Concept of Dark Academia

Dark Academia is an aesthetic that revolves around classic literature, the pursuit of individuality, and a general passion for knowledge and learning. Common themes within this aesthetic are books, poetry, friendship, prep/private schools, classical music, coming of age, existentialism, death/murder, social class, and romance. Writing poetry in notebooks, reading the classics, going to local coffee shops, bookstores, libraries, and museums also fuel this aesthetic.

Dark Academia books


  • Books of Blood by Clive Barker
  • The Wild Girls by Path Murphy
  • Les Fleurs du Mal by Baudelaire
  • The Lessons by Naomi Alderman
  • Truly Devious by Maureen Johnson
  • The Secret History by Donna Tartt
  • To Kill A Mockingbird by Harper Lee
  • Miss Peregrine’s Home for Peculiar Children by Ransom Riggs
  • Belle de Seigneur by Albert Cohen
  • Wuthering Heights by Emily Brontë
  • The Bone Houses by Emily Lloyd-Jones
  • In Search of Lost Time by Marcel Proust

Authors/Writing Styles 

  • Lemony Snicket (pen name)
  • Sappho
  • Edgar Allan Poe
  • P. Lovecraft
  • Jane Austen
  • Beat Generation (post-war literary movement)
  • Shakespeare
  • Greek Tragedies
  • Oscar Wilde
  • Walt Whitman
  • Emily Dickinson
  • John Keats
  • Scott Fitzgerald
  • Rimbaud
  • Lautréamont
  • E. Schwab


  • Rope (1948)
  • Dead Poets Society (1989)
  • Manhattan Murder Mystery (1993)
  • Heavenly Creatures (1994)
  • Wilde (1997)
  • Mona Lisa Smile (2003)
  • Kill Your Darlings (2013)
  • The Riot Club (2014)
  • I Don’t Feel At Home In This World Anymore (2017)
  • Call Me By Your Name (2017)
  • Colette (2018)
  • Postcards From Londen (2018)
  • Little Women (2019)
  • Handsome Devil (2016)


  • Claude Monet
  • Vincent Van Gogh
  • Rembrandt
  • Leonardo Da Vinci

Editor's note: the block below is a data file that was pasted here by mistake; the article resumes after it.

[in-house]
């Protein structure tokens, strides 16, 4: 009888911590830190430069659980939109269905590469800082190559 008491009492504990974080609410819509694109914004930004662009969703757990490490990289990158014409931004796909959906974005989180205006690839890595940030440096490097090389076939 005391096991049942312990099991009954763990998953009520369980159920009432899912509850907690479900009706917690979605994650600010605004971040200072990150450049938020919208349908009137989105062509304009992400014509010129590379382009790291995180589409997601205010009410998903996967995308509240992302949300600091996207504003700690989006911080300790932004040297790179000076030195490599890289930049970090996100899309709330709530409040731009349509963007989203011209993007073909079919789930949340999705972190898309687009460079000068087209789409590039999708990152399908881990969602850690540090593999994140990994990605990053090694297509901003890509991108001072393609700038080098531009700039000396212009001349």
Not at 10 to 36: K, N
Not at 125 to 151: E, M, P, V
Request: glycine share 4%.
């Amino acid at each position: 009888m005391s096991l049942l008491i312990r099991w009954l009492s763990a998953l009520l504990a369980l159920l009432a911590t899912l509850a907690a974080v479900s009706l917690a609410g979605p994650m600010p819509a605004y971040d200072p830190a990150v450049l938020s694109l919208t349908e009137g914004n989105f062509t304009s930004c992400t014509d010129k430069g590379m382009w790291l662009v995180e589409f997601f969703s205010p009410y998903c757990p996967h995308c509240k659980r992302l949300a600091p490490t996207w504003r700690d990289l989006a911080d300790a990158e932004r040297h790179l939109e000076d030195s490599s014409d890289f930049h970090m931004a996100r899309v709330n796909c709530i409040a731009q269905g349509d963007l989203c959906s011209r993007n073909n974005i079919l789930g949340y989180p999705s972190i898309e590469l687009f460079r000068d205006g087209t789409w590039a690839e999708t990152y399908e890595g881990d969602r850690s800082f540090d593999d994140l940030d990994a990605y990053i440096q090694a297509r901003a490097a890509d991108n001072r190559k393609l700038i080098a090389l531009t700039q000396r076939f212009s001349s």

• Caravaggio
  • Michelangelo
  • Camille Claudel


  • Museums
  • Art galleries
  • Places of historical interest
  • Pubs/Bars/Cafes (bonus points for sketching people around you)
  • Parks and gardens
  • Churches/Synagogues/Temples/Graveyards/Quaker meeting houses (these are quiet places to think, most will be welcoming as long as you are respectful, and remember to not take pictures.)
  • The theatre
  • The opera
  • Art stores
  • Sporting Events
  • Special events (memorial services, tours of local schools/universities, open houses, etc. It’s an opportunity to learn and spark local intrigue because of your dark, mysterious, and alluring demeanor.)
  • Searching for small independent bookstores

Things to do When Bored 

  • Write essays (doesn’t have to be intellectual, just about something you are passionate about)
  • Research
  • Daydream (about preventing the burning of the Library of Alexandria)
  • Write about a murder/heist.
  • Read something light (suggestions above)
  • Read aloud
  • Dress up
  • Perform a play alone or to a pet
  • Play or practice an instrument
  • Take a bath
  • Fake your death (murder perhaps?)
  • Draw or paint something (it doesn’t have to be good, it just has to be yours)
  • Write a narrative piece
  • Watch a movie
  • Write a movie review
  • Reflect back on the past
  • Journal
  • Read philosophy
  • Admire cityscape/nature (wherever you’re at)
  • Read a physical book
  • Write poems for compilation
  • Watch every single ‘Greek God as vines’ compilations on YouTube and count that as studying (but actually study if you need to, that’s definitely DA)
  • Practice calligraphy
  • Learn bookbinding


The main inspiration for Dark Academic style comes from 1940’s prep school uniforms. The main color scheme is black, grey, beige, brown, cream, ivory, dark green, burgundy, a soft yellow. Usual fabric choices are more upscale, like cashmere, wool, and tweed, but linen and cotton are also very common. Accessories are usually minimal, like bracelets, rings, pendants, watches, cuff-links, and other dapper add-on pieces.

14 thoughts on “Concept of Dark Academia

  1. I just feel it goes way before the 40s, I guess the fashion started by the era of Tolkien being a student in Oxford or something starting the 1910s or 1920s.

    Liked by 1 person

  2. interesting read! wonderfully articulated and put together! thanks for sharing this lovely post☺️have a great day!

    follow @everythingtips for tips and recommendations if interested☺️It would mean a lot to me!🥺🤍


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